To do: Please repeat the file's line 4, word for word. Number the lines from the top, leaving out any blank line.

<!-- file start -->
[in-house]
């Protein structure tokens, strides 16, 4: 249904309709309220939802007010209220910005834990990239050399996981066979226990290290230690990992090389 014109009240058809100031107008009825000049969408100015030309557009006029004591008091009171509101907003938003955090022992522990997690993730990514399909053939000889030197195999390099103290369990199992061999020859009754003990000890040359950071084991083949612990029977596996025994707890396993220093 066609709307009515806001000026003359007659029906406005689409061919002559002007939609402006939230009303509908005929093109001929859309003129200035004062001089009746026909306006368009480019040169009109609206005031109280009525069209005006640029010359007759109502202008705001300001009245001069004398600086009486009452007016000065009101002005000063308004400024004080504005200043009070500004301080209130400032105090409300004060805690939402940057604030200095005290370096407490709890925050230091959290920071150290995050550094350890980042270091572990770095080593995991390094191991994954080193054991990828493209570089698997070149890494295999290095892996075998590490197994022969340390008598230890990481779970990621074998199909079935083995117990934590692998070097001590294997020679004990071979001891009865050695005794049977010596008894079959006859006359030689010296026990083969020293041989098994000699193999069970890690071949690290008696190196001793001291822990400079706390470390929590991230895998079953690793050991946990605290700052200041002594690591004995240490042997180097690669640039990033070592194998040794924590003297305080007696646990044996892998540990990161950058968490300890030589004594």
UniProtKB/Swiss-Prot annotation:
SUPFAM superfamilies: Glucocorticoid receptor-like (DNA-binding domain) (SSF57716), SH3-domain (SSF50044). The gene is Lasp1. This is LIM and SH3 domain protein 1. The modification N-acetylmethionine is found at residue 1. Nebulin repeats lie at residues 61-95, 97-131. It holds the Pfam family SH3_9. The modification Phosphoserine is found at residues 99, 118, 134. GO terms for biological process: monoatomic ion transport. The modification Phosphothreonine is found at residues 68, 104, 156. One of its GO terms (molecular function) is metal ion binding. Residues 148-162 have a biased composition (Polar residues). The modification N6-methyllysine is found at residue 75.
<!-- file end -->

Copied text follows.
SUPFAM superfamilies: Glucocorticoid receptor-like (DNA-binding domain) (SSF57716), SH3-domain (SSF50044). The gene is Lasp1. This is LIM and SH3 domain protein 1. The modification N-acetylmethionine is found at residue 1. Nebulin repeats lie at residues 61-95, 97-131. It holds the Pfam family SH3_9. The modification Phosphoserine is found at residues 99, 118, 134. GO terms for biological process: monoatomic ion transport. The modification Phosphothreonine is found at residues 68, 104, 156. One of its GO terms (molecular function) is metal ion binding. Residues 148-162 have a biased composition (Polar residues). The modification N6-methyllysine is found at residue 75.